There are two arguments at the forefront of opposition for alternative certification programs. First, opponents argue that these alternative programs cannibalize jobs that would go to more qualified candidates, putting teachers in classrooms without the proper training. Without question, it is not the ideal solution; however, the current structure of the American public school system does not offer proper incentives to attract top teaching talent to problem schools in undesirable locations. These individuals who are entering the teaching profession through this route are not just placed into a classroom on the first day of school without any training or support. Most programs require extensive training and the completion of a master’s degree within the first two years of service, a requirement not placed on traditional career teachers. What individuals that remain skeptical of theses programs may not see is the potential to produce highly effective teachers from the outset. This of course requires a receptive environment, where tenured teachers commit themselves to the students’ education by helping expedite the learning process of newly hired teachers – regardless of the path they took to become teachers.

The second argument is that there exists a high attrition rate among teachers from alternative certification programs, and they do not warrant the investment in teacher development by school districts if they only plan to stay for a few years. While some teachers enter the programs with the intent of leaving teaching once their commitment has expired, many of those same participants plan to remain focused on education reform, through careers in school administration, counseling, law, policy, and education-focused non-profit work upon completion of the program. According to Teach For America, “two-thirds of the more than 17,000 TFA alumni across the country remain in education and are committed to closing the achievement gap” (Pettingill & Weaver, 2009).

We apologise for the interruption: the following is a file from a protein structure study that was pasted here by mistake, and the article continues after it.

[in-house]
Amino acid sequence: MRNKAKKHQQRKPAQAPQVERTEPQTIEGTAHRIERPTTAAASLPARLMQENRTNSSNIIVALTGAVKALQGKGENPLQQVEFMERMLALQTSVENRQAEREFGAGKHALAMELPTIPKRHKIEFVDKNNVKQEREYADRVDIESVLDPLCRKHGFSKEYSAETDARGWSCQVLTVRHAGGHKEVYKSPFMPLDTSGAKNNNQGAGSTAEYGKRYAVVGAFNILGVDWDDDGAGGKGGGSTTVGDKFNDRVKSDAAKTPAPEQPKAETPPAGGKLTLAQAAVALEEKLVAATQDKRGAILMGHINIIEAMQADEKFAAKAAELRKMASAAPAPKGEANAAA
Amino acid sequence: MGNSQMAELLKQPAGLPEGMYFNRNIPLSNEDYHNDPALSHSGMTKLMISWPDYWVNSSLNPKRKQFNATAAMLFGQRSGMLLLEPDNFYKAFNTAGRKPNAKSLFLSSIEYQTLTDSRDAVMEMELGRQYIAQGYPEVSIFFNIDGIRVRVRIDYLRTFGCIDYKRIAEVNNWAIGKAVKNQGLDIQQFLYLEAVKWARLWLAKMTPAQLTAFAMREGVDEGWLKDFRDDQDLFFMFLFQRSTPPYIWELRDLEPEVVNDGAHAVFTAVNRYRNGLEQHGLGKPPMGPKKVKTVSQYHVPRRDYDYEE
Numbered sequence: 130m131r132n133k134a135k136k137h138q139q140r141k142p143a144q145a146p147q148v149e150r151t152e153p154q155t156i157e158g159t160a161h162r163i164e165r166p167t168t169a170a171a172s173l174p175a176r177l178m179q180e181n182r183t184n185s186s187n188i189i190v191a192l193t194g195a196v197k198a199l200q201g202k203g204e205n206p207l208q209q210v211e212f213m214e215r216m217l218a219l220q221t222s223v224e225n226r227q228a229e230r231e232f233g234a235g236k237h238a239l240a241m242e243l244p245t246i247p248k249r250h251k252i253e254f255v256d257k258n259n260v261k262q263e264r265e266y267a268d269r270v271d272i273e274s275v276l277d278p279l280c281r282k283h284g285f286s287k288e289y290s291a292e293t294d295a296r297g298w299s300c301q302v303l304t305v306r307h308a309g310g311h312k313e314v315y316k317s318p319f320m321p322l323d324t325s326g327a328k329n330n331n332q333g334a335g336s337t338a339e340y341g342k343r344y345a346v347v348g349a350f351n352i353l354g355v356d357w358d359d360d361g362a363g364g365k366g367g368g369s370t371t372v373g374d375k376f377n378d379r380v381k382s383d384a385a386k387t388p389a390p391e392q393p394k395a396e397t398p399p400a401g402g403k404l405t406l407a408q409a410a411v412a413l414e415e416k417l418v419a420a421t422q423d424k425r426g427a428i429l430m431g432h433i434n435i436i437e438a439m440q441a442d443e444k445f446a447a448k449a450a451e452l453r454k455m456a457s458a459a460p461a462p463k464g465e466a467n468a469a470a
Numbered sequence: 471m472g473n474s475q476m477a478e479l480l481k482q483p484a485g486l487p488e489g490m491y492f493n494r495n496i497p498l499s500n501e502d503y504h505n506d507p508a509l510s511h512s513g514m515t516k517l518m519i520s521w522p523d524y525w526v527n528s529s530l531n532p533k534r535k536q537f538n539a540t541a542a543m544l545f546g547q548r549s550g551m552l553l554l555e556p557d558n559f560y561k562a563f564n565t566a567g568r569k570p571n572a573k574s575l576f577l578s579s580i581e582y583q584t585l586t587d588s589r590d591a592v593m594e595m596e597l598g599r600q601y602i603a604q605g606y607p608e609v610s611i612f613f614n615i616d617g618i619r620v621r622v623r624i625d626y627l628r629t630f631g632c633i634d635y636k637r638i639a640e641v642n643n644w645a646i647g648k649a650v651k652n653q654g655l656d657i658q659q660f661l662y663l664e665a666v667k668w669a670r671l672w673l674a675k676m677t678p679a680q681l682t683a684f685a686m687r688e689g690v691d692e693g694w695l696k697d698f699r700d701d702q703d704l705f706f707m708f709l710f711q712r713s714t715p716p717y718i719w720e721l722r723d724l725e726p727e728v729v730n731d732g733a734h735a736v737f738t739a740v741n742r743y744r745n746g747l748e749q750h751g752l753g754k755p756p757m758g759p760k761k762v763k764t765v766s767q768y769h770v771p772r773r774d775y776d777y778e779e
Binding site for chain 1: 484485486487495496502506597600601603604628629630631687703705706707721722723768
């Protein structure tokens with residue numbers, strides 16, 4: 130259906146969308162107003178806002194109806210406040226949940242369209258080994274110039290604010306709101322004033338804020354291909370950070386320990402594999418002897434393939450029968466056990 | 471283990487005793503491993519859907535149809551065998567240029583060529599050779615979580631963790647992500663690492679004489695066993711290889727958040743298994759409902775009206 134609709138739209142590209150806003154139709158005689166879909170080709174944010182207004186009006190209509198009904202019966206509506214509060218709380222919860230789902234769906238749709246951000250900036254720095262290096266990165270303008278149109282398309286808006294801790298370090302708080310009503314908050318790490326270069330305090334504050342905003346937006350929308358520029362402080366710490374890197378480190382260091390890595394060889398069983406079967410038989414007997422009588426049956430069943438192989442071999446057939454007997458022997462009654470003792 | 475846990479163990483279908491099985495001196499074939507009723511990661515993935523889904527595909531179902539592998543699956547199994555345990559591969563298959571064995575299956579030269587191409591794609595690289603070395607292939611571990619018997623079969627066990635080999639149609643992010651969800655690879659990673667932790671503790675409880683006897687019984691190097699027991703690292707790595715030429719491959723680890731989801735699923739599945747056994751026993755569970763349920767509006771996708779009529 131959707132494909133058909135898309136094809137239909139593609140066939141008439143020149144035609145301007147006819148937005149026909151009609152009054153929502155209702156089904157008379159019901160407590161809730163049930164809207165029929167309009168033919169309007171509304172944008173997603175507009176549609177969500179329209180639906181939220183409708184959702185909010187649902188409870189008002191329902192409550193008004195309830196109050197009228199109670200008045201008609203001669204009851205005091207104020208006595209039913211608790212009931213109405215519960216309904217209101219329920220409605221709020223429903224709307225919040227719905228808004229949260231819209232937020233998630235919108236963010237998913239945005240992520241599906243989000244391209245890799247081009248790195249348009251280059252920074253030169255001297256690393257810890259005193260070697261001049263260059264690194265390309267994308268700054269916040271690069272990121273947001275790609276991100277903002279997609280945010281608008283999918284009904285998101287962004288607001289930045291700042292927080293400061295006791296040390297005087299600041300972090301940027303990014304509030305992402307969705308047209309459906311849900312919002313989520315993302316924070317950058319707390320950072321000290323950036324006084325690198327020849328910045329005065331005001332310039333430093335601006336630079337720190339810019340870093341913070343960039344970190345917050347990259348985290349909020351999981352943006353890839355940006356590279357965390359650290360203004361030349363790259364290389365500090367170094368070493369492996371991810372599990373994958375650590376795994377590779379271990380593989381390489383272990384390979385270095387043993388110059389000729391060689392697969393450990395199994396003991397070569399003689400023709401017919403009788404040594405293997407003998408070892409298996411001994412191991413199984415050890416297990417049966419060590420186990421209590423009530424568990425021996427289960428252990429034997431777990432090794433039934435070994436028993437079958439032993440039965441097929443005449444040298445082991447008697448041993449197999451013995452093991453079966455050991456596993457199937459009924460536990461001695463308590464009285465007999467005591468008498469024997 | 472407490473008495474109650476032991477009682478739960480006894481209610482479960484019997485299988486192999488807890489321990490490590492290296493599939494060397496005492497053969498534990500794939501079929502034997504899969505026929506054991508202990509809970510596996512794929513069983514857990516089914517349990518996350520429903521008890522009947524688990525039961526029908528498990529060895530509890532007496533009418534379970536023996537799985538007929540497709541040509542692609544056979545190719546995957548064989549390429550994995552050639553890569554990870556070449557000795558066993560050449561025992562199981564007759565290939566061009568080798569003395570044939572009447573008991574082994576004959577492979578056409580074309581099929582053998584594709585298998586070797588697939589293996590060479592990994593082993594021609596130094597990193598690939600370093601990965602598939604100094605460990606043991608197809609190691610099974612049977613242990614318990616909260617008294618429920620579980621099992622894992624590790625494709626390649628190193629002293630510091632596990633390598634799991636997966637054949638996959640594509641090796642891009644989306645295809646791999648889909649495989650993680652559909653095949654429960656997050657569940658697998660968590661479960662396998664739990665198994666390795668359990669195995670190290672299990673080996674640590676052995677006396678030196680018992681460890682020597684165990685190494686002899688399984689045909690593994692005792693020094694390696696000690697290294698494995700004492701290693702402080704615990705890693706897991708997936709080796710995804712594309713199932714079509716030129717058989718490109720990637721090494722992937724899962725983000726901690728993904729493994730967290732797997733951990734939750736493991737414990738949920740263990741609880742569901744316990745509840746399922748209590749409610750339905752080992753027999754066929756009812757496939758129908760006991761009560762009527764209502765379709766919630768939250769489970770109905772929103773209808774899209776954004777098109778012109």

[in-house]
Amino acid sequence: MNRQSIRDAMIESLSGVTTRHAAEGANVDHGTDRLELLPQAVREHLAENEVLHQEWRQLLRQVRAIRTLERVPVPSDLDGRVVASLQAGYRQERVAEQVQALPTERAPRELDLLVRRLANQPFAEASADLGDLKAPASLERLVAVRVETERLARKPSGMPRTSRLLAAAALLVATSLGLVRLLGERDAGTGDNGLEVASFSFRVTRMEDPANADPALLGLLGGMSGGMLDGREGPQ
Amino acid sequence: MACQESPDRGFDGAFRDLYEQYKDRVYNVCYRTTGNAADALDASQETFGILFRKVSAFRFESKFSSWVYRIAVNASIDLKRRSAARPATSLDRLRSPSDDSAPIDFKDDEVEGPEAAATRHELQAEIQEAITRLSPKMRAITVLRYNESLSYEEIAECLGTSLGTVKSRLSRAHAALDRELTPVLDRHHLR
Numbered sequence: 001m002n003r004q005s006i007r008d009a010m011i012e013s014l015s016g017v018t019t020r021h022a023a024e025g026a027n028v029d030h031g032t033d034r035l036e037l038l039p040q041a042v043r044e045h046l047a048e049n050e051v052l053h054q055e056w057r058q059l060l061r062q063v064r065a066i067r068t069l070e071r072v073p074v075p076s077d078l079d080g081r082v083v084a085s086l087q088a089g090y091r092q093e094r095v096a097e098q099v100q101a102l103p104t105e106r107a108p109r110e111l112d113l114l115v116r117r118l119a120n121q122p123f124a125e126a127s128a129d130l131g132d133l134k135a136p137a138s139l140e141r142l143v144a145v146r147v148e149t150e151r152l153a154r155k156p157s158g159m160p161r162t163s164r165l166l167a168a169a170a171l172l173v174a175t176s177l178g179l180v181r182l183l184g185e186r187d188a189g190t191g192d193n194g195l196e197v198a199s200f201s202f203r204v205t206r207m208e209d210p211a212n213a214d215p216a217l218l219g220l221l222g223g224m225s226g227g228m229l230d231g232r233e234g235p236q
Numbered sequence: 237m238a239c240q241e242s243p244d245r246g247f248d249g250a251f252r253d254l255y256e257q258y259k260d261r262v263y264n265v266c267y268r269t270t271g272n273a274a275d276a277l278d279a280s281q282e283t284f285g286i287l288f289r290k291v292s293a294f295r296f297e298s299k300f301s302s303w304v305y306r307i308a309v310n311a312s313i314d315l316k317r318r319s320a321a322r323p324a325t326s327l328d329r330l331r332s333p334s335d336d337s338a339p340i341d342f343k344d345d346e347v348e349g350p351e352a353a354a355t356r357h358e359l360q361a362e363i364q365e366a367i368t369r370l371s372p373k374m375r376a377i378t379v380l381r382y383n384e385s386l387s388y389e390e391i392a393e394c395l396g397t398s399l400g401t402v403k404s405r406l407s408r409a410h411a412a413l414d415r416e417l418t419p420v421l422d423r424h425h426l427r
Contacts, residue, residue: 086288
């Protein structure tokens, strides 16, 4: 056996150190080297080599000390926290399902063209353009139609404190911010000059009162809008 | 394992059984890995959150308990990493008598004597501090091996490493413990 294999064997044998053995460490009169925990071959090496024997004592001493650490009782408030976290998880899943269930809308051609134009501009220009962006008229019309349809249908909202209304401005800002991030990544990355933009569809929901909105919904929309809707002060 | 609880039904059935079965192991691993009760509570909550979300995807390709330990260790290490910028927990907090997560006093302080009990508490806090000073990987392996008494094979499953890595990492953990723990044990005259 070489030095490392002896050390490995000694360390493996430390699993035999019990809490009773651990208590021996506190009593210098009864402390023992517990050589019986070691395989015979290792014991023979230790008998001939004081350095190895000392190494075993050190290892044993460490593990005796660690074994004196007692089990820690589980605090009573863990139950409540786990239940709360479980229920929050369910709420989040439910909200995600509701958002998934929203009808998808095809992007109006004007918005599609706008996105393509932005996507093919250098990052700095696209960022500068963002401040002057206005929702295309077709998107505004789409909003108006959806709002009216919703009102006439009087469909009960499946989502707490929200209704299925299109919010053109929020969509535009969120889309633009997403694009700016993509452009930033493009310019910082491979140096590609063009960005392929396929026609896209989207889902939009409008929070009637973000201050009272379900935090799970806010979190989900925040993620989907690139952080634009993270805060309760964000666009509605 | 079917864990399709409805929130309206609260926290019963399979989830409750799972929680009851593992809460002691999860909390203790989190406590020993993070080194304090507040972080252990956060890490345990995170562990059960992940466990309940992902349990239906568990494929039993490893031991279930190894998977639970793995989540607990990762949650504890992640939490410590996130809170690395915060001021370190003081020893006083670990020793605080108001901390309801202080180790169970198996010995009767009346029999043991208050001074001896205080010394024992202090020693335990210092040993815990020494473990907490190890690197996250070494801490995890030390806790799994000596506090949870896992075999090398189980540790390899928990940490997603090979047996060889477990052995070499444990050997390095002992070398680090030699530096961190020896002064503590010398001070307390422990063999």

Some of the most vocal of opponents of alternative certification programs has been teachers’ unions. They tend to prefer lifetime teachers that are loyal to the union, believing that it gives the unions greater leverage. What they tend to overlook is the benefit of having a portion of their workforce with higher turnover. Why? Unvested contributions by school districts to the pension fund on a teacher’s behalf remains the property of the pension fund in the event of an employee moving on before teaching for a predetermined period. This problem has crippled companies and is causing financial strain on many states and municipalities. Is the small amount of help this provides to the pension situation a solution to the problem? Hardly, but it is an alternative way to think about why it is in a union’s best interest to support alternative certification programs. After all, they would like their members to be able to rely on predetermined pension payouts, wouldn’t they?

The education system in America is far from perfect, which is why alternative teaching certifications are so desperately needed today. Until the over-arching systemic problems in U.S. public school systems are addressed and there is an adequate supply of teachers to fill teaching positions in less desirable teaching atmospheres, alternative teaching certification programs, even with their flaws, will continue to offer net positive benefits to America’s students.

Works cited

Leech, Marie. (2008). Needed: Math, science teachers in state shortages send recruiters looking for creative strategies. Birmingham News: n. pag. Retrieved July 11, 2009, from http://www.lexisnexis.com.avoserv.library.fordham.edu/us/

Pettingill, Dick, and Charlie Weaver. (2009). Weaver, Pettingill: How can he call Teach For America ‘disappointing’? St. Paul Pioneer Press: n. pag. Retrieved July 12, 2009, from http://www.lexisnexis.com.avoserv.library.fordham.edu/us/

Traster, Tina. (2007). Fast-track route to teaching teachers; programs solve some problems, but low retention is an issue. Crain’s New York Business: n. pag. Retrieved July 13, 2009, from http://www.lexisnexis.com.avoserv.library.fordham.edu/us/